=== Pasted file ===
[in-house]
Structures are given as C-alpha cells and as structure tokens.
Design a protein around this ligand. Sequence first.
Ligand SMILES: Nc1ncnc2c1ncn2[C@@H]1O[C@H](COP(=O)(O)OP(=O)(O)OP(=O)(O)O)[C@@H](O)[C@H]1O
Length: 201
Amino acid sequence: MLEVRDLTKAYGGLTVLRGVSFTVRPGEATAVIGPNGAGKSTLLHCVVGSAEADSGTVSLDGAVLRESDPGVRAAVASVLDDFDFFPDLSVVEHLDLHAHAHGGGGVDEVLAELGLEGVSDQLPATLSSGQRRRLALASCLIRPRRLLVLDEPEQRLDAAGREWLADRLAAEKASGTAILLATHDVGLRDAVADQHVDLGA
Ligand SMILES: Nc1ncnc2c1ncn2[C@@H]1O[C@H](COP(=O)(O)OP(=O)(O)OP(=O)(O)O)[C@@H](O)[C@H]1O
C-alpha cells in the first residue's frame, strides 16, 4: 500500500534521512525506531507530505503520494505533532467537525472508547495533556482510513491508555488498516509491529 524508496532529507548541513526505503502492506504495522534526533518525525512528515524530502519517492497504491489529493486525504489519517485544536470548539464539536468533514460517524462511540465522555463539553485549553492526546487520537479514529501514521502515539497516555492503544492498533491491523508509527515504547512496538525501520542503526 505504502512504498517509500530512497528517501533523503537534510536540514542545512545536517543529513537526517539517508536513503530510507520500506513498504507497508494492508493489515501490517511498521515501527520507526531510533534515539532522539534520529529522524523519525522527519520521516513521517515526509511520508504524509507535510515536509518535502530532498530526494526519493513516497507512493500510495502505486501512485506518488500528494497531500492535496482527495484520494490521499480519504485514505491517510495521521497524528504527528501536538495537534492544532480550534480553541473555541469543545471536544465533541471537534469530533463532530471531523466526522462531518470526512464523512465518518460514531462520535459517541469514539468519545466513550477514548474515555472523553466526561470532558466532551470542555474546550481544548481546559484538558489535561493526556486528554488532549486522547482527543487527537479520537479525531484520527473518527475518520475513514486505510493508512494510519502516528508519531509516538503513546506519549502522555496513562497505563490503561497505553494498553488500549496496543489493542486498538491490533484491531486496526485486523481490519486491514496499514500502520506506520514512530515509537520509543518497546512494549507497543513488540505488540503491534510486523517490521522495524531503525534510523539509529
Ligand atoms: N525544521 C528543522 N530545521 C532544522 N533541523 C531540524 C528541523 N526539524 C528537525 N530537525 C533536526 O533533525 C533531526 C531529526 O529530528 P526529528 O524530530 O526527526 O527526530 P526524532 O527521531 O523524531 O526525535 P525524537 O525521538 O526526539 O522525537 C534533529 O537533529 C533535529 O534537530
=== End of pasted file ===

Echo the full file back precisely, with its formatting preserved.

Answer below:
[in-house]
Structures are given as C-alpha cells and as structure tokens.
Design a protein around this ligand. Sequence first.
Ligand SMILES: Nc1ncnc2c1ncn2[C@@H]1O[C@H](COP(=O)(O)OP(=O)(O)OP(=O)(O)O)[C@@H](O)[C@H]1O
Length: 201
Amino acid sequence: MLEVRDLTKAYGGLTVLRGVSFTVRPGEATAVIGPNGAGKSTLLHCVVGSAEADSGTVSLDGAVLRESDPGVRAAVASVLDDFDFFPDLSVVEHLDLHAHAHGGGGVDEVLAELGLEGVSDQLPATLSSGQRRRLALASCLIRPRRLLVLDEPEQRLDAAGREWLADRLAAEKASGTAILLATHDVGLRDAVADQHVDLGA
Ligand SMILES: Nc1ncnc2c1ncn2[C@@H]1O[C@H](COP(=O)(O)OP(=O)(O)OP(=O)(O)O)[C@@H](O)[C@H]1O
C-alpha cells in the first residue's frame, strides 16, 4: 500500500534521512525506531507530505503520494505533532467537525472508547495533556482510513491508555488498516509491529 524508496532529507548541513526505503502492506504495522534526533518525525512528515524530502519517492497504491489529493486525504489519517485544536470548539464539536468533514460517524462511540465522555463539553485549553492526546487520537479514529501514521502515539497516555492503544492498533491491523508509527515504547512496538525501520542503526 505504502512504498517509500530512497528517501533523503537534510536540514542545512545536517543529513537526517539517508536513503530510507520500506513498504507497508494492508493489515501490517511498521515501527520507526531510533534515539532522539534520529529522524523519525522527519520521516513521517515526509511520508504524509507535510515536509518535502530532498530526494526519493513516497507512493500510495502505486501512485506518488500528494497531500492535496482527495484520494490521499480519504485514505491517510495521521497524528504527528501536538495537534492544532480550534480553541473555541469543545471536544465533541471537534469530533463532530471531523466526522462531518470526512464523512465518518460514531462520535459517541469514539468519545466513550477514548474515555472523553466526561470532558466532551470542555474546550481544548481546559484538558489535561493526556486528554488532549486522547482527543487527537479520537479525531484520527473518527475518520475513514486505510493508512494510519502516528508519531509516538503513546506519549502522555496513562497505563490503561497505553494498553488500549496496543489493542486498538491490533484491531486496526485486523481490519486491514496499514500502520506506520514512530515509537520509543518497546512494549507497543513488540505488540503491534510486523517490521522495524531503525534510523539509529
Ligand atoms: N525544521 C528543522 N530545521 C532544522 N533541523 C531540524 C528541523 N526539524 C528537525 N530537525 C533536526 O533533525 C533531526 C531529526 O529530528 P526529528 O524530530 O526527526 O527526530 P526524532 O527521531 O523524531 O526525535 P525524537 O525521538 O526526539 O522525537 C534533529 O537533529 C533535529 O534537530